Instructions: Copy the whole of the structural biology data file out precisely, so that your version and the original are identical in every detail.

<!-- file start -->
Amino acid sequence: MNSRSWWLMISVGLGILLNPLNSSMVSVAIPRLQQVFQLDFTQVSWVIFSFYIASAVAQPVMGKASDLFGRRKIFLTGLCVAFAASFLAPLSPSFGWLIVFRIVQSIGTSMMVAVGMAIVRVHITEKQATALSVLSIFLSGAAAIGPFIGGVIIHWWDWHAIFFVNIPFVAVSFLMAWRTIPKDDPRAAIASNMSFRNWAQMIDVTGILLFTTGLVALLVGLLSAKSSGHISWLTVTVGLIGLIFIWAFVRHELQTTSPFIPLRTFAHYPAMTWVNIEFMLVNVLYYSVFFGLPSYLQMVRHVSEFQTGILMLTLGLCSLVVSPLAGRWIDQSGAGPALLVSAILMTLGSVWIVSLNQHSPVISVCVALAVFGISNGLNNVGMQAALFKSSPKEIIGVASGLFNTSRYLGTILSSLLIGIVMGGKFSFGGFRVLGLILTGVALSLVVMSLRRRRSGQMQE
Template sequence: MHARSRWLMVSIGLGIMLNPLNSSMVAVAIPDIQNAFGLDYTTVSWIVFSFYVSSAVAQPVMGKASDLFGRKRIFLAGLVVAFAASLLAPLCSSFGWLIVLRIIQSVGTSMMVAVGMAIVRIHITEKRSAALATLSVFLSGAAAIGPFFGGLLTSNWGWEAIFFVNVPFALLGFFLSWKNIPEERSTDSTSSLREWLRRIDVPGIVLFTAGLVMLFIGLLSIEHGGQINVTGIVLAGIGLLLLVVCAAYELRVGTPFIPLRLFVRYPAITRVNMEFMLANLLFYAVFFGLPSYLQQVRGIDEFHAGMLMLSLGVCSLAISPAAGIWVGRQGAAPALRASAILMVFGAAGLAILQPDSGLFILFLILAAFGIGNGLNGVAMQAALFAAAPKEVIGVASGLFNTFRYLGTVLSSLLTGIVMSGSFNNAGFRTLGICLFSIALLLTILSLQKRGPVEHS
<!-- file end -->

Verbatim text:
Amino acid sequence: MNSRSWWLMISVGLGILLNPLNSSMVSVAIPRLQQVFQLDFTQVSWVIFSFYIASAVAQPVMGKASDLFGRRKIFLTGLCVAFAASFLAPLSPSFGWLIVFRIVQSIGTSMMVAVGMAIVRVHITEKQATALSVLSIFLSGAAAIGPFIGGVIIHWWDWHAIFFVNIPFVAVSFLMAWRTIPKDDPRAAIASNMSFRNWAQMIDVTGILLFTTGLVALLVGLLSAKSSGHISWLTVTVGLIGLIFIWAFVRHELQTTSPFIPLRTFAHYPAMTWVNIEFMLVNVLYYSVFFGLPSYLQMVRHVSEFQTGILMLTLGLCSLVVSPLAGRWIDQSGAGPALLVSAILMTLGSVWIVSLNQHSPVISVCVALAVFGISNGLNNVGMQAALFKSSPKEIIGVASGLFNTSRYLGTILSSLLIGIVMGGKFSFGGFRVLGLILTGVALSLVVMSLRRRRSGQMQE
Template sequence: MHARSRWLMVSIGLGIMLNPLNSSMVAVAIPDIQNAFGLDYTTVSWIVFSFYVSSAVAQPVMGKASDLFGRKRIFLAGLVVAFAASLLAPLCSSFGWLIVLRIIQSVGTSMMVAVGMAIVRIHITEKRSAALATLSVFLSGAAAIGPFFGGLLTSNWGWEAIFFVNVPFALLGFFLSWKNIPEERSTDSTSSLREWLRRIDVPGIVLFTAGLVMLFIGLLSIEHGGQINVTGIVLAGIGLLLLVVCAAYELRVGTPFIPLRLFVRYPAITRVNMEFMLANLLFYAVFFGLPSYLQQVRGIDEFHAGMLMLSLGVCSLAISPAAGIWVGRQGAAPALRASAILMVFGAAGLAILQPDSGLFILFLILAAFGIGNGLNGVAMQAALFAAAPKEVIGVASGLFNTFRYLGTVLSSLLTGIVMSGSFNNAGFRTLGICLFSIALLLTILSLQKRGPVEHS